America's Revolutionary War broke out in April 1775. The British Empire had poked the people living in the thirteen colonies living across the Atlantic. Great Britain had treated the colonists as subjects of the King who needed to pay taxes from their sweat and toil without having anyone to represent their interests.
The battles throughout the Summer, Fall and Winter of 1775 had been met with some indifference by many of the colonists who had not yet worked up enough dissent to rebel against the King. Sentiments were changed, however, by Britain's tyranny and cruelty, along with the growing number of battles and emotions that were fueled by statements written in the paper, "Common Sense" by Thomas Payne.
Great Britain's King had exacted taxes unduly, the King's men were unjustly cruel and the people had been reading the words of Thomas Payne:
"Government by kings was first introduced into the world by the Heathens, from whom the children of Israel copied the custom. It was the most prosperous invention the Devil ever set on foot for the promotion of idolatry. The Heathens paid divine honors to their deceased kings, and the Christian world hath improved on the plan by doing the same to their living ones. How impious is the title of sacred majesty applied to a worm, who in the midst of his splendor is crumbling into dust!"
"As the exalting one man so greatly above the rest cannot be justified on the equal rights of nature, so neither can it be defended on the authority of scripture; for the will of the Almighty, as declared by Gideon and the prophet Samuel, expressly disapproves of government by kings. All anti-monarchial parts of scripture have been very smoothly glossed over in monarchial governments, but they undoubtedly merit the attention of countries which have their governments yet to form. Render unto Caesar the things which are Caesar's is the scriptural doctrine of courts, yet it is no support of monarchial government, for the Jews at that time were without a king, and in a state of vassalage to the Romans."
"Near three thousand years passed away from the Mosaic account of the creation, till the Jews under a national delusion requested a king. Till then their form of government (except in extraordinary cases, where the Almighty interposed) was a kind of republic administered by a judge and the elders of the tribes. Kings they had none, and it was held sinful to acknowledge any being under that title but the Lords of Hosts. And when a man seriously reflects on the idolatrous homage which is paid to the persons of kings he need not wonder, that the Almighty, ever jealous of his honor, should disapprove of a form of government which so impiously invades the prerogative of heaven."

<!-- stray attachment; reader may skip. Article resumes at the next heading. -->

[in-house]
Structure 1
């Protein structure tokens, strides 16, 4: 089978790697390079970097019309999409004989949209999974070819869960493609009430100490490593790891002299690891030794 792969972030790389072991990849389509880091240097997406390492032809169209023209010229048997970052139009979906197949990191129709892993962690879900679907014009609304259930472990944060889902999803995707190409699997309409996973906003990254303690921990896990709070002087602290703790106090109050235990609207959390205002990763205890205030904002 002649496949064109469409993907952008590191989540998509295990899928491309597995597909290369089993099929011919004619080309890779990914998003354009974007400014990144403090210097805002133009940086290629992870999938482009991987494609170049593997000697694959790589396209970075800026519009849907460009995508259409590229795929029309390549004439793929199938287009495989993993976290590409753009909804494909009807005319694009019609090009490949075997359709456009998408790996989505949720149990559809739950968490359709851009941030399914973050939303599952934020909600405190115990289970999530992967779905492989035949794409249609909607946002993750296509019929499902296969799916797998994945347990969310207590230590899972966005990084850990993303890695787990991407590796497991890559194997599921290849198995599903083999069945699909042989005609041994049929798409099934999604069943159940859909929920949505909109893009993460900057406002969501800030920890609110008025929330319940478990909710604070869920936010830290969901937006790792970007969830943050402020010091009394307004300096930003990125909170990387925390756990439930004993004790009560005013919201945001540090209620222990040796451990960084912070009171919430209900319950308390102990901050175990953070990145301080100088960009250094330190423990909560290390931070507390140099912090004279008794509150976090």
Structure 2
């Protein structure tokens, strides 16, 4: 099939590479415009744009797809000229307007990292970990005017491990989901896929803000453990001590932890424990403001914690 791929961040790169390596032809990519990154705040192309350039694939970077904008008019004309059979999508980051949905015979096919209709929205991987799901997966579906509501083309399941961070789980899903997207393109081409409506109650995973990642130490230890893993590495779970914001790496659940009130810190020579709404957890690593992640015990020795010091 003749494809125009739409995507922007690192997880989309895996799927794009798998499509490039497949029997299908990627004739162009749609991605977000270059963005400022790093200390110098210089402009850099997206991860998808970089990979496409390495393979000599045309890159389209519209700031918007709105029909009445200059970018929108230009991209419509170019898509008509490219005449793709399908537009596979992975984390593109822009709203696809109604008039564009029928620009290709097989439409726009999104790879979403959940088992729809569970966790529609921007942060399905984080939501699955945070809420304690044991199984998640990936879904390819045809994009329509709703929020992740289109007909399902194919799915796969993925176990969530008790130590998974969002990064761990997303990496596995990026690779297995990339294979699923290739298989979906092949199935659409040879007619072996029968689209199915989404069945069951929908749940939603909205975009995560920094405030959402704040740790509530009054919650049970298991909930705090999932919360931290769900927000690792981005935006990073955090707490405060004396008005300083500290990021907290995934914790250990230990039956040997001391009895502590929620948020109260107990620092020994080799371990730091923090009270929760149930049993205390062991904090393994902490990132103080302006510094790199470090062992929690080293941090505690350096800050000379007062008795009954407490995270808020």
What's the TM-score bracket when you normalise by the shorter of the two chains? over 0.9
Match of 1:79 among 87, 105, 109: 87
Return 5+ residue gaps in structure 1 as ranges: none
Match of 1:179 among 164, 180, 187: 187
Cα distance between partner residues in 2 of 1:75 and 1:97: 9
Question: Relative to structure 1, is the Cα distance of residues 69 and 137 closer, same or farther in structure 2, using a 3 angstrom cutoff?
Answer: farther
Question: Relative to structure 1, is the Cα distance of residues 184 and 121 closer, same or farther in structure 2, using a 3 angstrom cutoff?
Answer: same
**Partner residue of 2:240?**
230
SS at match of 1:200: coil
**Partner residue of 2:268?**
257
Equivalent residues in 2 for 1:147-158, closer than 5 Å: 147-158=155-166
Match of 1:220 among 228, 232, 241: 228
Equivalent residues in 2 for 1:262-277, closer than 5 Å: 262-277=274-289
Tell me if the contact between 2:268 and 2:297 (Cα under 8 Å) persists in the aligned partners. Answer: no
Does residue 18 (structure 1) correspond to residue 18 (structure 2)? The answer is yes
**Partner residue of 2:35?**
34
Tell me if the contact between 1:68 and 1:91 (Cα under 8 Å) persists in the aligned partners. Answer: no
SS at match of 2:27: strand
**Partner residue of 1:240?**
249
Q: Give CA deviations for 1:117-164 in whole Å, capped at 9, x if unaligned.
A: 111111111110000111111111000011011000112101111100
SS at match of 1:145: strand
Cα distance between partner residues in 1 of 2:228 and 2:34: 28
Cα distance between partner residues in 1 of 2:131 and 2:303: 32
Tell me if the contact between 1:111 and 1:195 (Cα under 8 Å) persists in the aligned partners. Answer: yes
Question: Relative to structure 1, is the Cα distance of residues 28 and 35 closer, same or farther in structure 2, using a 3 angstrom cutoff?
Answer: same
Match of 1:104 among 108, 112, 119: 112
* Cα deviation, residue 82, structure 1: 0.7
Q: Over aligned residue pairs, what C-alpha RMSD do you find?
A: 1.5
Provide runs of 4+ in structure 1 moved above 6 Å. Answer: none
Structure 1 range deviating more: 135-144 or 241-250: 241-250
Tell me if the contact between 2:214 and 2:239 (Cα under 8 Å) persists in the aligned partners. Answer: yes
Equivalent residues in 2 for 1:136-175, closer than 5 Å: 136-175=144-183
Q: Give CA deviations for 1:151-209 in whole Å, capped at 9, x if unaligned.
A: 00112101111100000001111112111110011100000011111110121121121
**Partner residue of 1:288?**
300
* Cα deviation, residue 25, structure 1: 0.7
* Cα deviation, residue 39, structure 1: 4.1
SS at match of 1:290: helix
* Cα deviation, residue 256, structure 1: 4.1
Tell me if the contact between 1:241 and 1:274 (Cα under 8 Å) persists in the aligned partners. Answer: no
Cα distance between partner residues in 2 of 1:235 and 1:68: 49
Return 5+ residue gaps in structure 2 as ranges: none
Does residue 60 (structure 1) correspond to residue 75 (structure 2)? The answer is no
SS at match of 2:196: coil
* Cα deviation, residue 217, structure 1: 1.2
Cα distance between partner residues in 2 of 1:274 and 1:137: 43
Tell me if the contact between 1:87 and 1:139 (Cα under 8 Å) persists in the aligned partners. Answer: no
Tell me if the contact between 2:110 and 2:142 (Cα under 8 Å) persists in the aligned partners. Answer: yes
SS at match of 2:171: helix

"Monarchy is ranked in scripture as one of the sins of the Jews, for which a curse in reserve is denounced against them. The history of that transaction is worth attending to."
So, according to Payne, continuing with submission to the King of Great Britain was the same as participating in the sin the Israelites of old had perpetuated from "heathen" nations. The only answer was to sever ties and declare independence.
With the motivation from the "Common Sense" and the white-hot words of Thomas Payne ringing in their ears the Continental Congress met at what is now the Independence Hall in Philadelphia, the city of "Brotherly Love." Virginia's delegate Richard Henry Lee called for the colonies to demand independence from Great Britain. Throughout June the debate raged in the Congress no doubt recalling some of the battles and the unfairness of the taxation imposed by the King. With the persuasive words of Thomas Payne and others who wished for secession ringing in their ears, the Continental Congress called upon Thomas Jefferson of Virginia, John Adams of Massachusetts, Roger Sherman of Connecticut, Benjamin Franklin of Pennsylvania and Robert R. Livingston of New York to write and submit for consideration a draft statement that would serve as justification for secession of the colonies from Great Britain.
By July 2, 1776 the smaller committee from the Continental Congress had presented the Declaration of Independence, written primarily by Thomas Jefferson over a two day period, to the Continental Congress on July 2nd. The Congress voted for independence on that day, but on July 4, 1776 the Continental Congress formally adopted the Declaration of Independence as their singular voice to the Monarch of Great Britain they would no longer be subjects belonging to him. On this day in our history, July 4, 1776 Americans took a stand against tyranny and injustice.
Happy Birthday America!